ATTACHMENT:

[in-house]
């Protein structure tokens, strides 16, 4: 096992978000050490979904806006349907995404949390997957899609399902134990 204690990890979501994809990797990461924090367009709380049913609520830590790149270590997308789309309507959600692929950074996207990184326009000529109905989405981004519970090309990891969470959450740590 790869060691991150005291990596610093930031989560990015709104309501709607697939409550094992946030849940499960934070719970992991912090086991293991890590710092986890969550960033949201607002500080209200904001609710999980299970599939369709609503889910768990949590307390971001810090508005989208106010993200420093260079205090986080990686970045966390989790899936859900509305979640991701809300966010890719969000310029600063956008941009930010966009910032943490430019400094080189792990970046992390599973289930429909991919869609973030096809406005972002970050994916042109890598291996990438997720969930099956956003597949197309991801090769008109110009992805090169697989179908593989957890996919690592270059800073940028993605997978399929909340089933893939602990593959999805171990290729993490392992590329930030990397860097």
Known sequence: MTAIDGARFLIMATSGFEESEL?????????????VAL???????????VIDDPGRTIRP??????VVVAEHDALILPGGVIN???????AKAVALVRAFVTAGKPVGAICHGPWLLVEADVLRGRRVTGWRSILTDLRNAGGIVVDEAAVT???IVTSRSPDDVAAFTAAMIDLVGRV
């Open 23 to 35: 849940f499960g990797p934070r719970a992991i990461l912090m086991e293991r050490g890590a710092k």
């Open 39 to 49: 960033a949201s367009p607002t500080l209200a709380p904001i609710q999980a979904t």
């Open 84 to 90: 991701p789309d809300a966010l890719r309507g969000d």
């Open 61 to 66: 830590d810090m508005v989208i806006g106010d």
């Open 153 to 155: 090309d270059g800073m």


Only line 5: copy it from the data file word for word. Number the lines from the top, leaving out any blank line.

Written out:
């Open 39 to 49: 960033a949201s367009p607002t500080l209200a709380p904001i609710q999980a979904t």